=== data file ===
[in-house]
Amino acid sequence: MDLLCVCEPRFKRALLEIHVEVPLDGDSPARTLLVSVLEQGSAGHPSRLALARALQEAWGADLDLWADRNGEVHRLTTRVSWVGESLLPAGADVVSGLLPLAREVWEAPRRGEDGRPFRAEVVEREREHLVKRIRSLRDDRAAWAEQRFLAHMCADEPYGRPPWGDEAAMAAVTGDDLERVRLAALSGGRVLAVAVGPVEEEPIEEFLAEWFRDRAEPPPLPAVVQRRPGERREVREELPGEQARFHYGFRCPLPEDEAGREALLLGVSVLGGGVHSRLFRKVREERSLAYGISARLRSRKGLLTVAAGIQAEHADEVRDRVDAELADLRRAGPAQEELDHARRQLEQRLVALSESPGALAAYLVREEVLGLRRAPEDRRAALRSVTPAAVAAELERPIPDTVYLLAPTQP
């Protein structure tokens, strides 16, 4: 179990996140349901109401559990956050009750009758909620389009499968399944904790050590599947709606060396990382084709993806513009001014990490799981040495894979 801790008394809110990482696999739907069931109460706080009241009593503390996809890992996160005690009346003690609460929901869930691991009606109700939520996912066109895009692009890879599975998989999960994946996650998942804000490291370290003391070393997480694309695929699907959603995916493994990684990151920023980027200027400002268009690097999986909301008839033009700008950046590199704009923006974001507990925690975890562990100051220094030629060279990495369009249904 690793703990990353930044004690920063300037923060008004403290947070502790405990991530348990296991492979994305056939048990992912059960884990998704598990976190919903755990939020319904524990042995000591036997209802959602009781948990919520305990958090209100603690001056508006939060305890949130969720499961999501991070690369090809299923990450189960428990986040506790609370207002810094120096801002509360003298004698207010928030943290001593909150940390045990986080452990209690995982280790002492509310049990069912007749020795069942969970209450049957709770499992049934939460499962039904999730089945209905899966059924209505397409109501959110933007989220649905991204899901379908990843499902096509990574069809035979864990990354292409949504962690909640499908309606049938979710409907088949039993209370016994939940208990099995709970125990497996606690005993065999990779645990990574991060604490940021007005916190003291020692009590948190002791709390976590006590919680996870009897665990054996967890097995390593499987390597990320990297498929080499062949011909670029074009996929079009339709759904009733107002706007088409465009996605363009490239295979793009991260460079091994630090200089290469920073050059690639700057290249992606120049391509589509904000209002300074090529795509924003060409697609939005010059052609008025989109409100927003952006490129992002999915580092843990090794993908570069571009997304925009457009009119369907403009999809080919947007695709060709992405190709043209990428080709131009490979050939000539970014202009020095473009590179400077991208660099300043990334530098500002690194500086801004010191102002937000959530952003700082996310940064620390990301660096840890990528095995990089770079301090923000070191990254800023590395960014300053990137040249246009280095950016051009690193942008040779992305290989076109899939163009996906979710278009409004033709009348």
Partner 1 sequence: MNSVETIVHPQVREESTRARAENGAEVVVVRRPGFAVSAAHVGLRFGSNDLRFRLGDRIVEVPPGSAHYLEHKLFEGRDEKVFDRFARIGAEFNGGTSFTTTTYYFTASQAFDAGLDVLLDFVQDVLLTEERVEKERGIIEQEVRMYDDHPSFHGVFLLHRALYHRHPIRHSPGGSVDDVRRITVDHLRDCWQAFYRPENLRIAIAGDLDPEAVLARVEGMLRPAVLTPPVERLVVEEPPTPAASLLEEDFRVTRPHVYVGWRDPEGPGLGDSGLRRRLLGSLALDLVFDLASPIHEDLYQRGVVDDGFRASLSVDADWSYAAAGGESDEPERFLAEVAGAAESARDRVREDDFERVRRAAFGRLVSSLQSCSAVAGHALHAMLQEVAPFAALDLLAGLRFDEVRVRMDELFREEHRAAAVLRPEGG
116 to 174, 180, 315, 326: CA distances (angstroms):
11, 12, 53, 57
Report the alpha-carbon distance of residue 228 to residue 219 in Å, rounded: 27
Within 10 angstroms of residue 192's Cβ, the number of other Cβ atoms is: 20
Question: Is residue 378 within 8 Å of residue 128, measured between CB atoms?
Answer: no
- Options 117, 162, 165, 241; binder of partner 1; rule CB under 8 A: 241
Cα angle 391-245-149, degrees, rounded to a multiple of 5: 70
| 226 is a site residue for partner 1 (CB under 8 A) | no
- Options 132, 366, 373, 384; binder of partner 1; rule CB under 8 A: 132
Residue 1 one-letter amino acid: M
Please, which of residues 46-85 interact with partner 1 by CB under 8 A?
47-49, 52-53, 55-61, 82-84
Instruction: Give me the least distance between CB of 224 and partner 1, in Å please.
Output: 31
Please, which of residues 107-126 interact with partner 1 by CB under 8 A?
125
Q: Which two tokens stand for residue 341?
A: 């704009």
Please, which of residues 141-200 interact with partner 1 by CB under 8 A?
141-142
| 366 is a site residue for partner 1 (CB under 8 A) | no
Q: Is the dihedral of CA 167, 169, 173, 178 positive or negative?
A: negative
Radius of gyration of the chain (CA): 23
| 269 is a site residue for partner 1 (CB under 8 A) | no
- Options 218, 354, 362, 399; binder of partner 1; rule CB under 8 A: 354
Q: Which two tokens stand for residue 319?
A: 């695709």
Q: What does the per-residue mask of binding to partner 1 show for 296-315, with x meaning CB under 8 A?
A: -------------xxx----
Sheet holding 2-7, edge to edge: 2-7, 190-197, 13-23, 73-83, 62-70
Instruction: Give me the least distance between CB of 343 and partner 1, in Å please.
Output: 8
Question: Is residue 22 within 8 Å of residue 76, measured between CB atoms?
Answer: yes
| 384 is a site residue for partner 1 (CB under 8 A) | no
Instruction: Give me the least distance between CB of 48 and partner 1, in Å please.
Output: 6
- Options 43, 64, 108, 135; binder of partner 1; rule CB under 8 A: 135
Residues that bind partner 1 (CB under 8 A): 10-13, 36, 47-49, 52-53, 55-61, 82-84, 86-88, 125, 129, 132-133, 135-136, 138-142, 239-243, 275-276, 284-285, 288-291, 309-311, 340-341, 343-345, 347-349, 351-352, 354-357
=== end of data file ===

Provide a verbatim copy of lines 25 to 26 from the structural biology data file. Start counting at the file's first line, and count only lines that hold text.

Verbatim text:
141-142
| 366 is a site residue for partner 1 (CB under 8 A) | no